Dog breeds are more complex than many people realize, according to Halie Rando, an assistant professor of computer science at Smith College who led research on the topic. While a dog’s genetics can be matched to a specific breed, widely accepted breed definitions were established before the advent of DNA analysis. This can sometimes lead to genetic testing results contradicting the pet owner’s assumptions about their dog’s breed.

A recent study of 459 dogs from shelters in Arizona and California revealed that there were 125 different breeds, five percent of which were purebreds. Surprisingly, neither scientists nor experienced shelter workers were able to accurately identify mixed-breed dogs, which made up the majority of dogs in the study. Mixed breeds can be especially challenging when it comes to DNA testing, as the accuracy of test results relies on the genetic information available for identifiable breeds.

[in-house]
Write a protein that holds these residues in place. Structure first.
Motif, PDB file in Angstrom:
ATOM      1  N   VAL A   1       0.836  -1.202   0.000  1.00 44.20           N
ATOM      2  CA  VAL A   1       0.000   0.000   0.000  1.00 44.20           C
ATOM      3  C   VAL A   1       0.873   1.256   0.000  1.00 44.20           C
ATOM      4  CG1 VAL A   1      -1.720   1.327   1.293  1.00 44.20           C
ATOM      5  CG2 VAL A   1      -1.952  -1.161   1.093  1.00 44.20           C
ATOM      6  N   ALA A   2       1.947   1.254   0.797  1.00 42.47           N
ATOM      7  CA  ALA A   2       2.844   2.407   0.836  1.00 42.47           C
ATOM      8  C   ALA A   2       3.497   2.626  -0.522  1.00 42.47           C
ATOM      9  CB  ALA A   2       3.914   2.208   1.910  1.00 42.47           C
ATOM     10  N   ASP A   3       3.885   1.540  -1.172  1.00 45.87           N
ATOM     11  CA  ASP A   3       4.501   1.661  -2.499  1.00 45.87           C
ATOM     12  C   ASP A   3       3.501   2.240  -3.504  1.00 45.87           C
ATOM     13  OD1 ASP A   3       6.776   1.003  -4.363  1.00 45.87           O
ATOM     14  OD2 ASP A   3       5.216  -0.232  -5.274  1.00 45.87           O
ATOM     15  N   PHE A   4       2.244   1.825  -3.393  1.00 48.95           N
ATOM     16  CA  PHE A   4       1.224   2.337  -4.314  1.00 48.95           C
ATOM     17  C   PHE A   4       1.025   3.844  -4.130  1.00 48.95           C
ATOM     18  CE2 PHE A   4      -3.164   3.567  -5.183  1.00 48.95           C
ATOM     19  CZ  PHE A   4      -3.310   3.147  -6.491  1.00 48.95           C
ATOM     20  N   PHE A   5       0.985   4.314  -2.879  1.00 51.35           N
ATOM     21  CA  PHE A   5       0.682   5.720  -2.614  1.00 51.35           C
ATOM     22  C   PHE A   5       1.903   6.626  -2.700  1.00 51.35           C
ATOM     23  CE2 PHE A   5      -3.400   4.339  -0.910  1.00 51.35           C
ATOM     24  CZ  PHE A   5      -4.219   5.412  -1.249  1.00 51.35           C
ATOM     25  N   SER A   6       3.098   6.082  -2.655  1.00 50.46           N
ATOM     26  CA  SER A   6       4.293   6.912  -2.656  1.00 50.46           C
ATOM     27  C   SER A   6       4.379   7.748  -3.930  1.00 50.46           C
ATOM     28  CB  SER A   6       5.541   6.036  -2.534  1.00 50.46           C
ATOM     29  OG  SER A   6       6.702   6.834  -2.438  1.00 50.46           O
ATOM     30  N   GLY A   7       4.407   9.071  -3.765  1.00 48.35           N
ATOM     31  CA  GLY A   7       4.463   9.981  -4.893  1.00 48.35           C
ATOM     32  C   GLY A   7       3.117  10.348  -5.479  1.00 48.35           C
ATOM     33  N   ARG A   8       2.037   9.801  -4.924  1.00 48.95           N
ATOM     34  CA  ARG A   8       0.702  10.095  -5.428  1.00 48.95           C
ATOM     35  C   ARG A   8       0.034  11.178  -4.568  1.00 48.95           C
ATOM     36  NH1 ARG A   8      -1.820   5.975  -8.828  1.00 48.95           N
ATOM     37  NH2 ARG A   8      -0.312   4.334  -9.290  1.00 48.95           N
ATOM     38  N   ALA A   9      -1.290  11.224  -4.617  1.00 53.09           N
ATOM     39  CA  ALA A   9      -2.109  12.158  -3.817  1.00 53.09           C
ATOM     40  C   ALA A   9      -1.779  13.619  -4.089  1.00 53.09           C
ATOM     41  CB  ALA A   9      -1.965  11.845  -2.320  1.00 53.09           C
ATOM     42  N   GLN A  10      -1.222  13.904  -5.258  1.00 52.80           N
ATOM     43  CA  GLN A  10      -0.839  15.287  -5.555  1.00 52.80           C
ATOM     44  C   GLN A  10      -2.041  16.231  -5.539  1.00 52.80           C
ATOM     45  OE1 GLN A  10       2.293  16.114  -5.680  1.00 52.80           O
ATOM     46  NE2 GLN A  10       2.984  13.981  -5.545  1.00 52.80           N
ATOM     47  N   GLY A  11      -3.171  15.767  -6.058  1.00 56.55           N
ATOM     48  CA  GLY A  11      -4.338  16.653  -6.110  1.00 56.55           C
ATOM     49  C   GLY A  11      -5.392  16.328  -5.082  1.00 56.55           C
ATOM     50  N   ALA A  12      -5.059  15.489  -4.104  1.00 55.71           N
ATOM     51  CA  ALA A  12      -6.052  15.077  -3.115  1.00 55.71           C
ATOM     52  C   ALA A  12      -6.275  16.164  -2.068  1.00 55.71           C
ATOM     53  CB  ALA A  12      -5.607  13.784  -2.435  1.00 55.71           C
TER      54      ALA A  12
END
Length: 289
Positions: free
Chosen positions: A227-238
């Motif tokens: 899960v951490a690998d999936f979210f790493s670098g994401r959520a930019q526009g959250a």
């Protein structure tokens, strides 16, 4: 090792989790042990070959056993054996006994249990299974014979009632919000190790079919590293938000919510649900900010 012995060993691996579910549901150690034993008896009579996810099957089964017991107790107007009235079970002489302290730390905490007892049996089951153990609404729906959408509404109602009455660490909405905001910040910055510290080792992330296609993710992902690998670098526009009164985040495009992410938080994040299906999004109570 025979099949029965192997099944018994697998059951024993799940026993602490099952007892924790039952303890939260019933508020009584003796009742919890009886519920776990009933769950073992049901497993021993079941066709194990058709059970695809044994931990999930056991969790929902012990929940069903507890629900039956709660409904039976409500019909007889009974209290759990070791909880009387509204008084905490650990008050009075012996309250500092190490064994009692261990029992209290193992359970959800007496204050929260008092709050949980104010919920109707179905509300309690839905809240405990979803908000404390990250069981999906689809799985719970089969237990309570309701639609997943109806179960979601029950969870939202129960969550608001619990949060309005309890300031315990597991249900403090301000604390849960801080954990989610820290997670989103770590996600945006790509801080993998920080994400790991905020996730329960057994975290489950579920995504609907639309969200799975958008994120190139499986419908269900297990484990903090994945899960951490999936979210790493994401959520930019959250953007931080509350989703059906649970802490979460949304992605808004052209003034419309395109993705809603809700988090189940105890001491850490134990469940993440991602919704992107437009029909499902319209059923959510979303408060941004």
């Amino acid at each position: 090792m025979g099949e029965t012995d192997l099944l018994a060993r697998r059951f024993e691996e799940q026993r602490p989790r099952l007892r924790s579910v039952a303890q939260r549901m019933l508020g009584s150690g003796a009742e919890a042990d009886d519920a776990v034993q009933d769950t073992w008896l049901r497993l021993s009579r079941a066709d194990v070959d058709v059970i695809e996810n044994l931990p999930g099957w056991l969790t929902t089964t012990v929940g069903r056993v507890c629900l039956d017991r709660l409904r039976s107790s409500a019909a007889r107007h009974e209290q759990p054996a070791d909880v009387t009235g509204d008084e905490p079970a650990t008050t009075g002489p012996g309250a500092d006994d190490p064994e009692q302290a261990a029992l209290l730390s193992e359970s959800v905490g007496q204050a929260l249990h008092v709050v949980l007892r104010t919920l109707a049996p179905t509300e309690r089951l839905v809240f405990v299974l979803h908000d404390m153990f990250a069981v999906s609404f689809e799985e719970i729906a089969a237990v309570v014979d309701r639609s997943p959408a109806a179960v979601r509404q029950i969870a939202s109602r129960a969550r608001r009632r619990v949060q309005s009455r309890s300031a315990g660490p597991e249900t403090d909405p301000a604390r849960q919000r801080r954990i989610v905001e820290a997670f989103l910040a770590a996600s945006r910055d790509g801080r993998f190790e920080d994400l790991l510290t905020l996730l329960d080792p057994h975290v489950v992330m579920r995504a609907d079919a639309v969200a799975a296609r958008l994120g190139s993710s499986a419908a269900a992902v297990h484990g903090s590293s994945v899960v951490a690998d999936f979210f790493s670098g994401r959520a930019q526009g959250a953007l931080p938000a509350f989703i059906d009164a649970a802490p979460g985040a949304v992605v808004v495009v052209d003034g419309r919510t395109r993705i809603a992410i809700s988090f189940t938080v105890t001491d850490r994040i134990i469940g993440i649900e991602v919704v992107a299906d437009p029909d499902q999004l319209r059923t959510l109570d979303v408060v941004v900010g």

Consumers should thoroughly research DNA testing companies before submitting a sample, as the accuracy of results can vary depending on the diversity of the company’s genetic panel. Even if you get information about your dog’s breed, it may not have a significant impact on their behavior. A genetic analysis of over 2,000 purebred and mixed-breed dogs showed that behavior is more closely related to the individual dog than to its breed, emphasizing that breed is not a reliable predictor of behavior.

By Samantha Johnson

As a dedicated content writer at, I immerse myself in the art of storytelling through words. With a keen eye for detail and a passion for crafting engaging narratives, I strive to captivate our audience with each piece I create. Whether I'm covering breaking news, delving into feature articles, or exploring thought-provoking editorials, my goal remains constant: to inform, entertain, and inspire through the power of writing. Join me on this journalistic journey as we navigate through the ever-evolving media landscape together.

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